Sending My Son To Kindergarten Didn't Make Me Sad — At All
Even though I’ve been preparing all weekend, I’m still not ready the morning of my son’s first day of kindergarten. It’s a lot to get three kids 5 and under dressed, ready, and out the door at a specific time, especially when that time is 8:30 a.m. Still, we make it out the door with just enough time for me to hand my son the first day of kindergarten sign and snap a couple pictures. We try to get a group picture but it’s pandemonium, so I scrap the idea and we drive to school. I ask him if he’s excited, try to talk up kindergarten, and brace myself for tears. I wait for the big feels of motherhood to overwhelm me, but when I drop him off that first morning, it doesn’t feel like the world is being pulled out from under my feet. I’m not sad my son is starting kindergarten. In fact, I’m relieved.
I exhale deeply as I get into the car, realizing that for the entire ride home there will be no bickering. No one will be touching or almost touching or making an offensive noise just to piss the other off. I will not have to regulate and separate all day long when playtime turns to wartime. My daughter will get the undivided attention she so desperately craves while the baby is napping. I might, though I dare not dream it out loud, get to pee with the door closed at some point during the day.
I know that my son, for once, will have no lack of interaction. He can talk to his heart’s content with other kids who have the same level of enthusiasm about life in general. He will be constantly occupied, his mind not slowly unraveling with boredom. His hands will be busy. His brain will be busy. He’ll have two long, wild recesses. I won’t have to get him a snack every five minutes from sun up till sundown. The long list of pros keep flooding my mind, and I wonder if there is any sadness to come.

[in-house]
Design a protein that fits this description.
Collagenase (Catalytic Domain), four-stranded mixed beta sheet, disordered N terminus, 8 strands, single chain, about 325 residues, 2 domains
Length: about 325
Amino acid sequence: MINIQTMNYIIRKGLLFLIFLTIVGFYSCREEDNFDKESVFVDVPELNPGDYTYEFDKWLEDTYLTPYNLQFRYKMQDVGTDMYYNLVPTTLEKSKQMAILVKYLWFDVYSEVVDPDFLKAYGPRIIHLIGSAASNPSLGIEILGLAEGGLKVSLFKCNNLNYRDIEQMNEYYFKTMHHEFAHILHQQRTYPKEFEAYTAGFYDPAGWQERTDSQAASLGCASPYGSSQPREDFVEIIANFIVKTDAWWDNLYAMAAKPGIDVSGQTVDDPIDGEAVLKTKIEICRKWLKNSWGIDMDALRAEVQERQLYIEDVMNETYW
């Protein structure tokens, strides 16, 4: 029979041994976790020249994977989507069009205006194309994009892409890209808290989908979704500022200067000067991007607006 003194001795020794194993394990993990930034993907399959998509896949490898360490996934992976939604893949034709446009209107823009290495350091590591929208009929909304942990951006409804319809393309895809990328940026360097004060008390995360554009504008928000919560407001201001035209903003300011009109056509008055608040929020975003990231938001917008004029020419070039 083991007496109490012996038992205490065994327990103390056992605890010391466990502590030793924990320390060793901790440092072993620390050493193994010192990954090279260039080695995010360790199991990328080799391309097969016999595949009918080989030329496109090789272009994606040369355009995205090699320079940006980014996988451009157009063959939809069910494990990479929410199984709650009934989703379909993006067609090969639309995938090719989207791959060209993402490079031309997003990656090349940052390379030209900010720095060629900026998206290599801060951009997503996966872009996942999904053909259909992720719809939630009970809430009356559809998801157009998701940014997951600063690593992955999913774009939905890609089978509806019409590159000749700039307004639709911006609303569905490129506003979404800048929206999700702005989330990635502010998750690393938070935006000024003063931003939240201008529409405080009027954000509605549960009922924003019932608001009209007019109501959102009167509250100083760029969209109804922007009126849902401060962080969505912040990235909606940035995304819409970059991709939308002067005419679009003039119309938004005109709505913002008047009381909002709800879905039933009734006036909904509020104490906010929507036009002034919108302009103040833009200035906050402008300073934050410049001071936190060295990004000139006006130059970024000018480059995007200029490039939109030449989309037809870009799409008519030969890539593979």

After a long hard summer of fighting siblings and relentless entertaining, I have never felt so ready for my son to start kindergarten. I want to send him away for six hours a day. Does that make me a monster?
I post the photograph of my son with the sign to social media. I receive texts and comments throughout the day asking how I am holding up. I reply that I’m fine, not wanting to reveal my true feelings of joy and relief and calm. I know I’m supposed to be sad. I’m supposed to be having an existential crisis over my baby growing up. But after a long hard summer of fighting siblings and relentless entertaining, I have never felt so ready for my son to start kindergarten. I want to send him away for six hours a day. Does that make me a monster?
It would be one thing if I only felt joy because I knew that this is what’s best for him — because his happiness is my happiness. That's true, of course, but it's not the only reason I’m thrilled my son is starting kindergarten. Part of the reason I’m not sad is because it's nice to have a break from him. It’s feels good to be relieved of this large swath of motherhood for most of the day, and most of the week. There are moments, especially later in the day, when I'll miss him, but by that point it'll almost be pick-up time. The truth is, I don’t long for him until he is already in my arms again.
Why should I grieve a good thing? Why should my heart break over kindergarten?
I keep expecting to feel sad, to grieve the passage of time like I know I should, but it never comes. At the end of the day I am excited to pick him up, to hear about his all his firsts, and to send him back again the next morning and the morning after that. I am ready for this new phase of life, and I know he is too. Why should I grieve a good thing? Why should my heart break over kindergarten?
Relief, joy, happiness — perhaps these are not the “right” emotions, but they are mine and I am glad for them. When my son comes home each day after school, I am excited to see him instead of mulling over how I’m losing him to the too-fast pace of time. I'm able to enjoy my time with him more fully because I'm not burnt out by his never-ending needs. Kindergarten is making me a better mother, and I’m not about to go looking for an excuse to cry over it when I can simply be happy for my son, for me for both of us.